Children at 22 Torbay schools have signed up to take part in the Living Streets’ Walk once a Week (WoW) initiative after Torbay Council stole a march on neighbouring authorities to become the first in the South West to work with the charity.
Every child at participating schools is asked to walk in to school at least one day a week. If they manage it, at the end of each month they are awarded a Living Streets badge. The initiative will run for the next 11 months, with a different badge up for grabs every month. Using technical wizardry (and a mobile phone app) the youngsters can make the badge come to life, with each one revealing a different scene from nature around the globe.
On Friday, 12 February Torquay MP Kevin Foster joined youngsters at Shiphay Learning Academy, in Exe Hill, Torquay, who are among the first in the region to launch their WoW programme.
The school’s efforts have been bolstered by the support of staff at the Devon Dumpling pub in Shiphay Lane, Torquay, who have offered parents the use of their car park every morning. Under the Living Streets Park and Stride scheme parents who live too far from the school to walk all the way can drop their children off in the car park, which is around half a mile from the school gates, and join them as they make the final leg of their journey on foot.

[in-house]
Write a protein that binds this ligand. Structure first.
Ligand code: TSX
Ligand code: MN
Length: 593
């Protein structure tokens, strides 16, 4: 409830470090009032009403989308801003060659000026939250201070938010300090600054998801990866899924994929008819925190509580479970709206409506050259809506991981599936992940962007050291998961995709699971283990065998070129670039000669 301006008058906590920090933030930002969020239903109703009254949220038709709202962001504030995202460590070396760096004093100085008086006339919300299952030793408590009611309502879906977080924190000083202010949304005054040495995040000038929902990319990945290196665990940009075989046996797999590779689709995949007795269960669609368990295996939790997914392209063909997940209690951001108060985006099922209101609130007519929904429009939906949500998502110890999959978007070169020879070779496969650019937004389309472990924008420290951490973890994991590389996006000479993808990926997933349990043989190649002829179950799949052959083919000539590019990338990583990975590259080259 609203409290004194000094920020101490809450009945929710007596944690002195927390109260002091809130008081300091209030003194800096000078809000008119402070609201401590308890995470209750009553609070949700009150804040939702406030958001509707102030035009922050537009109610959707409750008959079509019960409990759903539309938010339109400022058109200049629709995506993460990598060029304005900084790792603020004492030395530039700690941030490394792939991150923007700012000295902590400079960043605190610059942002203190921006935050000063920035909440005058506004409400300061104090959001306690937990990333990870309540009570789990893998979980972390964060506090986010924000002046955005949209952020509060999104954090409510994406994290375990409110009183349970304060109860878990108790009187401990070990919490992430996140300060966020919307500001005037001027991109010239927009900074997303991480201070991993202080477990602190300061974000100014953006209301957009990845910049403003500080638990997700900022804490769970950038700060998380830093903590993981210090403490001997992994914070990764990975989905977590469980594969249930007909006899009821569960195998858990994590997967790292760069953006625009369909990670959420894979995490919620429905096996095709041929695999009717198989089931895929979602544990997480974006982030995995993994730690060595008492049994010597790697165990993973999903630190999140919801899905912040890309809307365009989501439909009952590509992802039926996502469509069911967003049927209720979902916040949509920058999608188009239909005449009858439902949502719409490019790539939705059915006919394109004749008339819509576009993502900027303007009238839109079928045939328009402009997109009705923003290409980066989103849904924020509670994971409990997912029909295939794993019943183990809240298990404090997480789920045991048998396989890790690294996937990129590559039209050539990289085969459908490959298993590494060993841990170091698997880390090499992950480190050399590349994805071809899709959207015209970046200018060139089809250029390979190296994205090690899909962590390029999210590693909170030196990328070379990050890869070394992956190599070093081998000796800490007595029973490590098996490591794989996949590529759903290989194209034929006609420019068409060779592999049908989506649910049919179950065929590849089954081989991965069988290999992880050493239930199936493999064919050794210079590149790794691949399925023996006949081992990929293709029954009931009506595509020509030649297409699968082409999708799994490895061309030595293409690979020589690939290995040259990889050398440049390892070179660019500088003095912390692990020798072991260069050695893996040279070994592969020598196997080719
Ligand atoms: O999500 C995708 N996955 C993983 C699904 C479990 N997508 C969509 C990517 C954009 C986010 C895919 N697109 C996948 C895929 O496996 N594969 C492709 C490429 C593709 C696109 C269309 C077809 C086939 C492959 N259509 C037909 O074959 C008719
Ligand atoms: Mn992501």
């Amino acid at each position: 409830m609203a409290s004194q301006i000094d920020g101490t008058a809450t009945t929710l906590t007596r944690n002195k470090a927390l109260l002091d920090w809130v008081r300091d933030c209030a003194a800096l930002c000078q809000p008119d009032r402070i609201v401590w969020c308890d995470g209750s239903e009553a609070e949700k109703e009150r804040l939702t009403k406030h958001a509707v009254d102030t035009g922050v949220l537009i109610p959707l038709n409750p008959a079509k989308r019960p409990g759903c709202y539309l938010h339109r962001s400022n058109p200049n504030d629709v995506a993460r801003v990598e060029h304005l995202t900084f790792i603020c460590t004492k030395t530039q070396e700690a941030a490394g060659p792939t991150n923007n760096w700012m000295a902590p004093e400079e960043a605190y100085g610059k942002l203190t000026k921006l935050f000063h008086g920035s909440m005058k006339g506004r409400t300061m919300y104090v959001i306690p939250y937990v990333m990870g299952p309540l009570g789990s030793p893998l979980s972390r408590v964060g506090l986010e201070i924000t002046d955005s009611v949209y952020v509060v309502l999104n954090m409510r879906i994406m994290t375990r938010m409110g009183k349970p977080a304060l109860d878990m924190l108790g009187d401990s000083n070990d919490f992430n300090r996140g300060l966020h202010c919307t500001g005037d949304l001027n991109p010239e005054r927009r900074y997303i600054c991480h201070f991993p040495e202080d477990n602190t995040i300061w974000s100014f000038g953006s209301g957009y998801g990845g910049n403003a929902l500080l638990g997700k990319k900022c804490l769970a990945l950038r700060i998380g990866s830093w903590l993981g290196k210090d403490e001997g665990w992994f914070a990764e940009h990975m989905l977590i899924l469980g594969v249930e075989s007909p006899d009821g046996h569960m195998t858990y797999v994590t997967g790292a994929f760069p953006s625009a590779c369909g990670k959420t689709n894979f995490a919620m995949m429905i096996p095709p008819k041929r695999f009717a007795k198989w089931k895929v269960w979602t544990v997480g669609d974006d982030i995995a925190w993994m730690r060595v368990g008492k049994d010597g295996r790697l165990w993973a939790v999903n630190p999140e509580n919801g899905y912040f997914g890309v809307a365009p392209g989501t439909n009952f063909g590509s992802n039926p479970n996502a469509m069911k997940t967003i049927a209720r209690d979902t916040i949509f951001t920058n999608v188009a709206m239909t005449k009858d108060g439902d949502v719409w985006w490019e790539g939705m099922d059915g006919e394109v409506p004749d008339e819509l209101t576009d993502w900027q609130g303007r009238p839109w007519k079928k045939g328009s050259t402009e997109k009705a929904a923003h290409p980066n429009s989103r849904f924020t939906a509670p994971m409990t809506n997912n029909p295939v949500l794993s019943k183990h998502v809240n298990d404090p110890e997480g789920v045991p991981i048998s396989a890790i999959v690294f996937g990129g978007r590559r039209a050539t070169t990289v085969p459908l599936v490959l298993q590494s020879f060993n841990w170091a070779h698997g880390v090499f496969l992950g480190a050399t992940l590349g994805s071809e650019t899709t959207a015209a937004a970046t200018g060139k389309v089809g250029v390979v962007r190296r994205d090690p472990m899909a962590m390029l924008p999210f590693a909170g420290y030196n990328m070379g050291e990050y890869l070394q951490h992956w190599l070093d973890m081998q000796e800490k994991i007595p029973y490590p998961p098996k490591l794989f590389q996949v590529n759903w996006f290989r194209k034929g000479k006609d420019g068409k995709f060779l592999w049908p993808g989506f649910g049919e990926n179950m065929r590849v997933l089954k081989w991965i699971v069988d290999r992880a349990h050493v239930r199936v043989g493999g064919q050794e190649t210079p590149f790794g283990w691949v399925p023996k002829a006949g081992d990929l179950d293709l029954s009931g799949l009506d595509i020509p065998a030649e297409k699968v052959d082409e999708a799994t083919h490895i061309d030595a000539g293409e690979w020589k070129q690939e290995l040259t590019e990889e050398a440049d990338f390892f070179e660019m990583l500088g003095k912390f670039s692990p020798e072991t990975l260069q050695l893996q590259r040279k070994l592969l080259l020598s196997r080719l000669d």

We are intending to take this example to other schools in Torbay. It is a great initiative because it is good exercise for the children and I am delighted that quite a few of our schools have signed up to take part in this programme. Not only will WoW help keep our children healthier and happier but it should make life easier for other road-users because it will cut the number of car journeys.
Elaine Gill, headteacher at Shiphay, said: “Because the children taking part in the WoW scheme record their journeys into school on the Living Streets Travel Tracker, it is always at the forefront of their minds. We have explained to them why they are doing it and they have really taken that on board.
“This is quite a built-up area so we are also conscious of keeping traffic and pollution to a minimum. So as well as teaching the children the habit of walking rather than being driven whenever possible, it also cuts the number of cars pulling up at the school gates in the morning.”
WoW currently encourages almost 400,000 children to get walking across Britain and schools taking part have seen the number of children walking to school increase by an average of 23 per cent.